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After very choppy trading, the pound faces a series of important indicators in the upcoming week. Here’s an outlook for the British events and an updated technical analysis for GBP/USD.

There are already three MPC members, including an internal BOE member that support rate hike. On the other hand, GDP was revised to the downside in Q4 2010, sending the pound down. Which force will win now?

GBP/USD  chart with support and resistance lines marked on it. Click to enlarge:

GBP USD Chart Feb. 28 - Mar. 4

  1. Halifax HPI: Publication time unknown at the moment. The data published by HBOS is based on its wide internal mortgage figures, making this a very accurate figure. After a significant fall of 1.1% two months ago, a rise of 0.8% came last month and was a strong correction. Another small rise is expected now.
  2. Nationwide HPI: Tuesday, 7:00. Nationwide has shown different numbers, with more solid moves. A drop of 01.% followed a rise of 0.4% beforehand. A significant rise is expected in Britain’s second earliest house price index.
  3. Manufacturing PMI: Tuesday, 9:30. Purchasing managers in the manufacturing sector have shown very fast growth. The result was stunning last month – 62 points. This time, the number is expected to drop, but remain above 60. Any result will rock the pound.
  4. Net Lending to Individuals: Tuesday, 9:30. More lending by people means more economic activity. Last month was very disappointing, as the net figure was negative, -0.1%. Another squeeze is expected now, but unless there will be a sharp move, the result of the manufacturing PMI will have more impact.
  5. Inflation Report Hearings: Tuesday, 10:00.  Mervyn King, head of the BoE, will appear before the Treasury Committee in the British parliament. In the hearings, that take many hours, King will speak and will be questioned intensively about the pickup in inflation. Statements released in these hearings, will rock the pound. Note that King will probably be accompanied by more members of the BOE, perhaps someone that voted for a rate hike. This is a key event that will trigger choppy trading.
  6. Construction PMI: Wednesday, 9:30. Though usually playing second fiddle to the construction and services PMIs, the fall under 50 points two months ago, has drawn attention. After the correction to 53.7 points last month, a small drop is predicted now.
  7. Services PMI: Thursday, 9:30. The most important PMI closes the week. It also fell under 50 two months ago, and has also recovered. Another small rise is predicted after the recovery to 54.5 points last month. Any number will shake the currency.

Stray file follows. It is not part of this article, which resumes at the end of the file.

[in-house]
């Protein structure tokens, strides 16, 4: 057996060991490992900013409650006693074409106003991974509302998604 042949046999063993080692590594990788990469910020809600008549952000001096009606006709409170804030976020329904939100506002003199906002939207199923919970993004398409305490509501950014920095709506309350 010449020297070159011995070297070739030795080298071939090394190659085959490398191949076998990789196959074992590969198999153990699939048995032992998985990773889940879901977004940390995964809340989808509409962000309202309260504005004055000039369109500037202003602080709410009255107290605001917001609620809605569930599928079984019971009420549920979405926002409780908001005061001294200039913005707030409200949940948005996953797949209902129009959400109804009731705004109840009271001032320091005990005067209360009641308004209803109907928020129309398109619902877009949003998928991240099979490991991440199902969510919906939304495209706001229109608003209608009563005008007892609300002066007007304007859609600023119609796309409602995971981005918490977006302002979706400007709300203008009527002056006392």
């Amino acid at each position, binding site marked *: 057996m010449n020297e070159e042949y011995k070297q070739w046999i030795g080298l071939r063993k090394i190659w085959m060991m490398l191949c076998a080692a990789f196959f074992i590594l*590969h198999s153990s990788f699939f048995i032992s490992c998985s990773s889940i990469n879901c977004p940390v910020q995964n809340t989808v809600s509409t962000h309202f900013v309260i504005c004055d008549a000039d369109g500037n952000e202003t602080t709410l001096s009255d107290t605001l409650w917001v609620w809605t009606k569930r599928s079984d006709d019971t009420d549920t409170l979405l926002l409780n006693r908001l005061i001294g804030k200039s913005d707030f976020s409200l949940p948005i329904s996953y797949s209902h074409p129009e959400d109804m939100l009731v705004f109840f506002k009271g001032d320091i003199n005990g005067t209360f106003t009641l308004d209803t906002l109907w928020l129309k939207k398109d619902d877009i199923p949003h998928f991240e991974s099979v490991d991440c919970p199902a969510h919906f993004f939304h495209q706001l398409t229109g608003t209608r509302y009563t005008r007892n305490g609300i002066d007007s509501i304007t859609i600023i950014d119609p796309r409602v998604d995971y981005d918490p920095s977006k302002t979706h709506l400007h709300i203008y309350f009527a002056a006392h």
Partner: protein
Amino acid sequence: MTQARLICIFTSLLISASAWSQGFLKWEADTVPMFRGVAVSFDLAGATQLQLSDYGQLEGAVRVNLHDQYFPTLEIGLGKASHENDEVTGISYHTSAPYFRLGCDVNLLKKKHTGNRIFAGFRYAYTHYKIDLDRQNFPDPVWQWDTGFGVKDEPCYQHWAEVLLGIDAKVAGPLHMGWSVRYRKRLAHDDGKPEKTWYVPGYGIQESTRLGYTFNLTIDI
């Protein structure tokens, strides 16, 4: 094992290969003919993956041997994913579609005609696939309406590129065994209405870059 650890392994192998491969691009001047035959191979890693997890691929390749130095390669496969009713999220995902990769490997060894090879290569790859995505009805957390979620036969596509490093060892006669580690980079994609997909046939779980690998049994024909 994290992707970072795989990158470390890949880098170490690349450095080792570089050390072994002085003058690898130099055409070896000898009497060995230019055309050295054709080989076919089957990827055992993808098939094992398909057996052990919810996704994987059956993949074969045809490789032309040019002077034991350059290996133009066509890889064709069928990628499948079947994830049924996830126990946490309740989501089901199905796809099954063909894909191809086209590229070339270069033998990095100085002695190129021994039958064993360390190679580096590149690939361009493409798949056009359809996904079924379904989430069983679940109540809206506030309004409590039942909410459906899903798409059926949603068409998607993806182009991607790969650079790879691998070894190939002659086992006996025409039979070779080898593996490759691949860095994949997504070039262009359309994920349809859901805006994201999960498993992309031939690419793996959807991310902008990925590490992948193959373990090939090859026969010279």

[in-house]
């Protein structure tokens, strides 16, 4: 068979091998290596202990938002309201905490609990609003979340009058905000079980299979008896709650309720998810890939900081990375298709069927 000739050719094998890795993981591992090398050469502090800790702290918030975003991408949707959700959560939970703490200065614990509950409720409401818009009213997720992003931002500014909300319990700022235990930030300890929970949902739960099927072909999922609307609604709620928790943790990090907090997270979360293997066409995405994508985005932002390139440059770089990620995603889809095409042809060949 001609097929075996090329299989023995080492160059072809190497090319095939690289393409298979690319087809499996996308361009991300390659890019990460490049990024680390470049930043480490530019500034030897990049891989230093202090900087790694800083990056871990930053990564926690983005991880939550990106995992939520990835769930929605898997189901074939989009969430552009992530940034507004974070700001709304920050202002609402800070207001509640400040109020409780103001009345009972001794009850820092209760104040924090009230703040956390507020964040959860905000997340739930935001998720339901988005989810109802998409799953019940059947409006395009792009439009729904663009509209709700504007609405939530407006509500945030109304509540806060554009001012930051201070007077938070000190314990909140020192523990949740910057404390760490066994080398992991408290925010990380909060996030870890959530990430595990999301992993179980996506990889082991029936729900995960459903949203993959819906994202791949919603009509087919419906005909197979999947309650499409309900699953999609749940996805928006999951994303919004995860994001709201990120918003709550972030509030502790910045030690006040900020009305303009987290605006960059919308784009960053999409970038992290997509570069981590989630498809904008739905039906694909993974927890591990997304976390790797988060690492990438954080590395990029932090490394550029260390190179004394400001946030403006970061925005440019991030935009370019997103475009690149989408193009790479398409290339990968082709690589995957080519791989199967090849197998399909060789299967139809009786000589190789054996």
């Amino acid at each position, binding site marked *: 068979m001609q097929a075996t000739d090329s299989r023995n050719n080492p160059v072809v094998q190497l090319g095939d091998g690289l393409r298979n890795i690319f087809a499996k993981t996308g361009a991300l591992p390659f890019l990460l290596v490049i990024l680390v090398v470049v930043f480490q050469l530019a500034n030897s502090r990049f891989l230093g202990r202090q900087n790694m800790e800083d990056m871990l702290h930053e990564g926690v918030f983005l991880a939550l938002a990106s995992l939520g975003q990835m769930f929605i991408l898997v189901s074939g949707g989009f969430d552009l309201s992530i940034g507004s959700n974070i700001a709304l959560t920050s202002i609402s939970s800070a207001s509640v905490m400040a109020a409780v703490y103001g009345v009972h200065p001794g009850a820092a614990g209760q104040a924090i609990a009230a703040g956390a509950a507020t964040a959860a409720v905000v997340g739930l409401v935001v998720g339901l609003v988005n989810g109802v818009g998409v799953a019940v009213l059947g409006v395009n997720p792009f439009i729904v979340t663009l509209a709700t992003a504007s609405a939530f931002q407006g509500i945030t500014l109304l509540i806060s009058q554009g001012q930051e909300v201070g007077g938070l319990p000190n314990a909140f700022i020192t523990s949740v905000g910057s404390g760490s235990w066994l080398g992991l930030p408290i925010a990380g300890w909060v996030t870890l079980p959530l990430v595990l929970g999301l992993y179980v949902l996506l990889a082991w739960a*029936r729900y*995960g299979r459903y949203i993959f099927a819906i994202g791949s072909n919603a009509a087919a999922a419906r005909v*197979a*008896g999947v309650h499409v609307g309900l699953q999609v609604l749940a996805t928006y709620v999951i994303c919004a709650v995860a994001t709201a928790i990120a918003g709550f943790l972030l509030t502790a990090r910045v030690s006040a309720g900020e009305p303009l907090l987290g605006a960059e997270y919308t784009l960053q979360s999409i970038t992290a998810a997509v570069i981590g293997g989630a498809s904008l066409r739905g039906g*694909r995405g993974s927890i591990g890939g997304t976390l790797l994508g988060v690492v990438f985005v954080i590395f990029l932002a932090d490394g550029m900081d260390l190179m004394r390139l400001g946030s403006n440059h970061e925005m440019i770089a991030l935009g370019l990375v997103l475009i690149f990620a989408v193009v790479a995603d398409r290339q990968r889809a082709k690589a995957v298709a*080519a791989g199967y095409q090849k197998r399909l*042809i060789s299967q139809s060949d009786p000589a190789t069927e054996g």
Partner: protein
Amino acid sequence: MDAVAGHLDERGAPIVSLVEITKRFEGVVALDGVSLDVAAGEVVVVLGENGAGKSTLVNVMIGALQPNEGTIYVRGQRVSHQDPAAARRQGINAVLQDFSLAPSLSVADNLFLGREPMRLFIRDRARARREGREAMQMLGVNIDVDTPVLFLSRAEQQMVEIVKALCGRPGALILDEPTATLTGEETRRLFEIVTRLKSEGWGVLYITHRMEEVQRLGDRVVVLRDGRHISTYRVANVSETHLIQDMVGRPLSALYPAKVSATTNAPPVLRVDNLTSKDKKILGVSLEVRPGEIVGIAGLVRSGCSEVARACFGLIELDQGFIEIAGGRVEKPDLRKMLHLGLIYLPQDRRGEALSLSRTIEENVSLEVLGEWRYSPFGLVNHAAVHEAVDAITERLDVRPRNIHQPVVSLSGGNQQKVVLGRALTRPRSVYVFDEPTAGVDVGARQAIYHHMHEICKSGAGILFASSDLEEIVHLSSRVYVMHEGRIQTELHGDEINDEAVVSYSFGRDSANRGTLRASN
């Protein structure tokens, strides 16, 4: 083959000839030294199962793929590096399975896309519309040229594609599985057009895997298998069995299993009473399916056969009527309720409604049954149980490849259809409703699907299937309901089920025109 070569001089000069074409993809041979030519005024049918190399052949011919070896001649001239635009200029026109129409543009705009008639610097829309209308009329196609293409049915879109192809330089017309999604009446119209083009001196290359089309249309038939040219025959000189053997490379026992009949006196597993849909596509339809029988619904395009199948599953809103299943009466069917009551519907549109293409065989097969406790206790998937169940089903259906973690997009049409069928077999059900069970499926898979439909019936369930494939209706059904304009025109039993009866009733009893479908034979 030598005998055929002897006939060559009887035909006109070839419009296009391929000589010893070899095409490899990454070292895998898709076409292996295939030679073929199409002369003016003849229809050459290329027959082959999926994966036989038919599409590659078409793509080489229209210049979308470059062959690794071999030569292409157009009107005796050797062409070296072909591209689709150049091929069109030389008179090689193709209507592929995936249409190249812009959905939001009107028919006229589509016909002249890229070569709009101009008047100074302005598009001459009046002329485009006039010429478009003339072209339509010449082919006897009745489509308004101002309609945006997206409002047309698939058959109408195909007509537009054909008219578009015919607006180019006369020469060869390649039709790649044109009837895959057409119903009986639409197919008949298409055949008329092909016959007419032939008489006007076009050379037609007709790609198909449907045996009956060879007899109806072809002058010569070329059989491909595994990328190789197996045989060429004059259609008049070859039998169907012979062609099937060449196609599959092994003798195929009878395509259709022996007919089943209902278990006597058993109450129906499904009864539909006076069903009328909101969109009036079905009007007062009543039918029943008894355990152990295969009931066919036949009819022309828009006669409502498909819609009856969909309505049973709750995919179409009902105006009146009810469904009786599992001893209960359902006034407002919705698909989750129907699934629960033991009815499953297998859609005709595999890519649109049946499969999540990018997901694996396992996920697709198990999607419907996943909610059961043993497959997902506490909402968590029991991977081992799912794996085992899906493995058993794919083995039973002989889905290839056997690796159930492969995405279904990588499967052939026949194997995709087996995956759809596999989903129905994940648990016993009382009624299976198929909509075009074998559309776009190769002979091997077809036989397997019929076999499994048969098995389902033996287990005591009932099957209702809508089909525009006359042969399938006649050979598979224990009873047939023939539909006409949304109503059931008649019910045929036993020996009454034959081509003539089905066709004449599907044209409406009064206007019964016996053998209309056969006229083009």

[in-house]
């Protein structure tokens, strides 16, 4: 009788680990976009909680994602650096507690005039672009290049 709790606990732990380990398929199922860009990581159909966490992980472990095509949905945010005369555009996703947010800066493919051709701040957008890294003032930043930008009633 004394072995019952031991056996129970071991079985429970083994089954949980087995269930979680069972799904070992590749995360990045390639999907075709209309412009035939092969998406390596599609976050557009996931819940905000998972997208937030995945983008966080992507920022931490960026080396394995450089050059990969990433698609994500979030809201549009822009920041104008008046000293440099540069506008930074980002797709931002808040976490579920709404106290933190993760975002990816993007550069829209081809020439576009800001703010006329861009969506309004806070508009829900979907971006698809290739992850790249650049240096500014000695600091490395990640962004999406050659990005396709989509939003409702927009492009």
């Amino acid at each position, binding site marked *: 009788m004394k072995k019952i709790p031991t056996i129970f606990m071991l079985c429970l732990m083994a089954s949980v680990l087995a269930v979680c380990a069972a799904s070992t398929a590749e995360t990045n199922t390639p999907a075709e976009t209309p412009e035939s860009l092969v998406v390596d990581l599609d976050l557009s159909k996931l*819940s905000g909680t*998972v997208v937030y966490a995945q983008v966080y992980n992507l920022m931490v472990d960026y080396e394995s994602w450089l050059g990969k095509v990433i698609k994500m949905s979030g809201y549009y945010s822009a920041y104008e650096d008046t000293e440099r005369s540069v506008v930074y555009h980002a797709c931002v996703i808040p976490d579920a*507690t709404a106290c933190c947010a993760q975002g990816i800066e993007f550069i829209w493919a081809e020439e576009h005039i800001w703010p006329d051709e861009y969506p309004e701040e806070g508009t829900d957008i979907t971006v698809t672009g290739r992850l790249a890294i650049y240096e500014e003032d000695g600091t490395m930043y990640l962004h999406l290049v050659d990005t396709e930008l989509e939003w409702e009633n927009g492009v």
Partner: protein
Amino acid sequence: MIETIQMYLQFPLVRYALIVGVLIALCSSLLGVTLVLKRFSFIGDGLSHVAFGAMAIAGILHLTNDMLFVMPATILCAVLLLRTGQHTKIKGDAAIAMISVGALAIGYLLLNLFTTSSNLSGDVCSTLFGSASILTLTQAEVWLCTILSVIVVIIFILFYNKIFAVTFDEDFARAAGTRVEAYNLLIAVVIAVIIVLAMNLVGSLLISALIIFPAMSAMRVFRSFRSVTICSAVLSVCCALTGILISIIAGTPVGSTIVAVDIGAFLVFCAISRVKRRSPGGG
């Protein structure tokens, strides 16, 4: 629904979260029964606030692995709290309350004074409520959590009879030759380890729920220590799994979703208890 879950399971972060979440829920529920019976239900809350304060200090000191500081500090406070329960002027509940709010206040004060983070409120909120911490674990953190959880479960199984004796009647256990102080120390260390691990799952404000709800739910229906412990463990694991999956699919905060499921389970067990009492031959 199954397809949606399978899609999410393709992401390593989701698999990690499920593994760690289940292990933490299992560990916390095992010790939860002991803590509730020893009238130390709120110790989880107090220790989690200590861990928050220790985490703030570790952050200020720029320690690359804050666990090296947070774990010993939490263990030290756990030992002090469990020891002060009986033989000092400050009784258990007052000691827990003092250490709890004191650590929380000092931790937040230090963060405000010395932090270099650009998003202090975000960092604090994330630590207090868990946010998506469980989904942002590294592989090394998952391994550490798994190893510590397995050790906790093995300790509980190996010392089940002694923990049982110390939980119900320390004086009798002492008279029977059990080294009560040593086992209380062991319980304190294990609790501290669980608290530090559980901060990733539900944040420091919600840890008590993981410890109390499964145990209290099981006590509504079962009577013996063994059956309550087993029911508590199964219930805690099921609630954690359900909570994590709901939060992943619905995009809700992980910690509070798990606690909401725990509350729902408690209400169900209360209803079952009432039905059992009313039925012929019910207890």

GBP/USD Technical Analysis

After an attempt to reach the almighty 1.6280 line mentioned last week, GBP/USD dropped in a choppy manner and eventually closed at 1.6113.

Looking down, immediate support is found at 1.6110, although it is only minor support after being shattered once again.  It’s followed by 1.60 which proved to be a tough line of support. This round line was served as a peak back in August and dominated trading since then.

Lower, very minor support is found at 1.5910. It was a peak recently. It’s followed by 1.5820 which worked in both directions before the pair moved higher.

Further below we find 1.5720 which is already a stronger line, that worked in recent months.  Further below we have an important cushion – 1.5650. This was the top border of wide range that GBP/USD traded in the past few months.

Even lower, 1.5480, which is a minor line.  The next line is important – 1.5350. It was the bottom border or the wide range.  It hasn’t been broken for a long time.

Looking up, we have just witnessed the strong resistance of 1.6280, which capped the pair also earlier in the year, and was only temporarily breached in November. GBP/USD fell short of it just now.  Higher, an old peak at 1.6450 is the next line,

Further above, important resistance is found at 1.67 which prevented further moves back in 2009. In the distance, 1.7040, the peak of 2009 is the last stronghold.

I am bearish on GBP/USD.

Despite the growing call for a rate hike, we got a strong reminder that the British economy is still struggling. The failure to break higher despite the hawkish voices from the MPC serve as a bearish sign.

Further reading: